And, yeah, everyone's figuring out, like, what do you do? Do you continue to do what you're doing? Do you switch jobs? Do you, you know, how do you support your family, you know, all these different things go through your mind.
But after all of this, you know, there's a lot of businesses that were able to
pivot and create and pivot and innovate, and
a lot of new things have now, you know, being created for the system for our society, country world that didn't exist before.
Now, the sad truth of it is, there are a lot of businesses that also, you know, went out of business and the pandemic helped accelerate, you know, those who, you know, we're trying to make it.
But lots of good also can come from a really, really bad situation. And this was one of them. And
I think we got, there's a little bit of luck, a lot of hustle.
And we have a very good investor group that kind of stuck by us the whole time.
Let us do our thing, kind of, you know, totally backed up, it's not even backed up, they offered help in different cities to be able to continue to support us. And
you know, we're in a, we're in a really good place today, that trajectory wise, we're probably going to grow, you know, three or four times faster than we expected. Pre pre pandemic,
which is awesome. So I have a couple more questions like, so when a city hires you guys to do this? And I'm assuming like, you didn't have hundreds of drivers lined up? Like, did you all partner with like, I know, in every corner on New York, it's easy to get a cab? So did y'all partner with taxi drivers that couldn't take people are like, how did you attack the whole thing of like, Oh, my God, we have to hire all these drivers. How did you guys do that in in New York, we would. So when we first did it in New York, we essentially had to create the playbook to then you know, if you can do it in New York, you can do it anywhere.
And so we we staffed up a hiring team of about 10, whose sole job was every city, we were awarded, you know, this, these contracts to go in and do the delivery, within two weeks, they would staff up to a minimum of like 50 drivers. And over the course of a month, we could get it to a couple 100 drivers. These are people who were screen train background checks, totally qualified. So it was a it was a machine that we had essentially set up through the you know, through New York, building it, and then we were able to apply to the rest of the country.
And then what happened after the pandemic, you know, it's kind of subsided in the cities is now private companies who have these meals that they want delivered, are using hungry instead of shipping it with FedEx for last mile logistics, because we end up being you know, we're just more cost efficient, cost effective for them. And so, again, another business is now born out of something that originally started off to help, you know, folks who needed food is now turned into, hey, this is a really sophisticated logistics setup. You know, Can we tap into this for, you know, we need to ship this and we need to ship that out.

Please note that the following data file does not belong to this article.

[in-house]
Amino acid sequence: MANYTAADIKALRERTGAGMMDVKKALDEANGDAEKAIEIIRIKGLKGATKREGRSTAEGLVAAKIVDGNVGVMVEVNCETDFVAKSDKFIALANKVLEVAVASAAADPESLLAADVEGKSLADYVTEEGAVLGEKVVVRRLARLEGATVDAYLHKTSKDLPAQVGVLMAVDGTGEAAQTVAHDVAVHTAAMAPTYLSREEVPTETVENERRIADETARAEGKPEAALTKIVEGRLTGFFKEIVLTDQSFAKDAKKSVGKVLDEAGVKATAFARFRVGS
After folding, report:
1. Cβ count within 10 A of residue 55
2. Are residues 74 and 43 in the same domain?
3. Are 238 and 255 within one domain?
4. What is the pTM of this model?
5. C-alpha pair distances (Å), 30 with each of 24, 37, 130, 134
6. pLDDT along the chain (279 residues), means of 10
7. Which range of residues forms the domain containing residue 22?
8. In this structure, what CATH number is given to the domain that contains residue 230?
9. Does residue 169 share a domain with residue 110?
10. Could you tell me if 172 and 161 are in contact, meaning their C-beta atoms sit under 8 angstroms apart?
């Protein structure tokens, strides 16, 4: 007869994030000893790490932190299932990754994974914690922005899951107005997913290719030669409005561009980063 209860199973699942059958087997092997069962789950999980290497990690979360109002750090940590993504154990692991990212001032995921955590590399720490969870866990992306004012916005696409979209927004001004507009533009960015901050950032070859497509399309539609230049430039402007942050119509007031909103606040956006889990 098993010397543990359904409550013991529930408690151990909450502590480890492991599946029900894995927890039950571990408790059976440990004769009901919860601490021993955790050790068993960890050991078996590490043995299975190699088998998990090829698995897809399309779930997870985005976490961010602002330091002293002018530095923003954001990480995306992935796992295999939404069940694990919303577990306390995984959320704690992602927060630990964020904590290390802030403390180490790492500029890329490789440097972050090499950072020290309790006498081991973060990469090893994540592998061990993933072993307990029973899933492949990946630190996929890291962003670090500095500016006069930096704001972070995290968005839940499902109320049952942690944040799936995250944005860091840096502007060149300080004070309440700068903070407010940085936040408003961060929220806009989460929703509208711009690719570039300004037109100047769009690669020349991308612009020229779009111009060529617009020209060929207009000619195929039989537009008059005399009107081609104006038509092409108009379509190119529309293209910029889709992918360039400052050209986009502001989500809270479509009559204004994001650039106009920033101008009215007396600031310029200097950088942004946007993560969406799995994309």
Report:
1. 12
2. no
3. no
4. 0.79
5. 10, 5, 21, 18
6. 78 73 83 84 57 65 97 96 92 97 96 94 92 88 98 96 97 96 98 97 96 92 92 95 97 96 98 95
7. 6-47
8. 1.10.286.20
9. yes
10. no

So, you know, that's kind of how we got to where we are today. It's funny, because I was listening to a podcast recently, and they were talking about Domino's Pizza, which there were everywhere. I've lived growing up like Domino's was never around, like pizza hut was always there. But they were talking about how when everyone thinks of Domino's they think of pizza. But really, Domino's is a logistics company. And so it's like, you know, well, hungry provides food. It sounds like to me when you guys went into these big cities and you got these opportunities, you came up with a freaking process that worked. And then you took it to each city. And so when you look into the background of like, what the consumer thinks versus like, from an entrepreneur level and investor level, like okay, logistically, if you can make it go in New York, no matter what you're pushing, whether it's food or whatever it may be when you get the logistics down, right? You can pretty much deliver anything. So that that's amazing. Do you think that the hungry will continue to just focus on food
and hospitality and events, or do you think that it will expand to do other things, not just food. So So on the virtual side we've already expanded into, now we have yoga classes, kickboxing, and again, like you get a kit with, like all the yoga stuff, okay, with boxing gloves and like water bottles and food that is good for you. It's, we've started expanding outside of just food, in going gone into more food and employee wellness.
On the other side of the company, we're going deeper into food. So,
you know, pop ups, pop up restaurants, in these corporate buildings, corporate catering, events coming back, you know, live events is coming back. And so